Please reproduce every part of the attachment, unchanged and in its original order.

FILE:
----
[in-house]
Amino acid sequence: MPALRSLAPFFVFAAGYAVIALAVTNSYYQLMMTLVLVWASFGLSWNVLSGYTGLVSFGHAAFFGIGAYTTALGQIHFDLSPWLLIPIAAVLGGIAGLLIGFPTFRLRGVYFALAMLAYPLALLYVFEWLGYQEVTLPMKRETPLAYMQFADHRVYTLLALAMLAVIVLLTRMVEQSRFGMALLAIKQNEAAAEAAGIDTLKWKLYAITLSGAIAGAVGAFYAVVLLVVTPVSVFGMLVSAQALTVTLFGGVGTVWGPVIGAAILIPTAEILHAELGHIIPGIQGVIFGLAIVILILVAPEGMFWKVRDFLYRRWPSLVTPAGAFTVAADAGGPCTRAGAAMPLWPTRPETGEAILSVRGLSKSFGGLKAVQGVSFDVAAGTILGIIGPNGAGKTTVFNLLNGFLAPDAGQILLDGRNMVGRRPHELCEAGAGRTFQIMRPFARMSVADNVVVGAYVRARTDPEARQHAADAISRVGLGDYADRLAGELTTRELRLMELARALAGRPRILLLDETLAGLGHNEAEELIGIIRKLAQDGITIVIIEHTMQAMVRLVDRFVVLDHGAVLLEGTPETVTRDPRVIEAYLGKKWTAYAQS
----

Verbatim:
[in-house]
Amino acid sequence: MPALRSLAPFFVFAAGYAVIALAVTNSYYQLMMTLVLVWASFGLSWNVLSGYTGLVSFGHAAFFGIGAYTTALGQIHFDLSPWLLIPIAAVLGGIAGLLIGFPTFRLRGVYFALAMLAYPLALLYVFEWLGYQEVTLPMKRETPLAYMQFADHRVYTLLALAMLAVIVLLTRMVEQSRFGMALLAIKQNEAAAEAAGIDTLKWKLYAITLSGAIAGAVGAFYAVVLLVVTPVSVFGMLVSAQALTVTLFGGVGTVWGPVIGAAILIPTAEILHAELGHIIPGIQGVIFGLAIVILILVAPEGMFWKVRDFLYRRWPSLVTPAGAFTVAADAGGPCTRAGAAMPLWPTRPETGEAILSVRGLSKSFGGLKAVQGVSFDVAAGTILGIIGPNGAGKTTVFNLLNGFLAPDAGQILLDGRNMVGRRPHELCEAGAGRTFQIMRPFARMSVADNVVVGAYVRARTDPEARQHAADAISRVGLGDYADRLAGELTTRELRLMELARALAGRPRILLLDETLAGLGHNEAEELIGIIRKLAQDGITIVIIEHTMQAMVRLVDRFVVLDHGAVLLEGTPETVTRDPRVIEAYLGKKWTAYAQS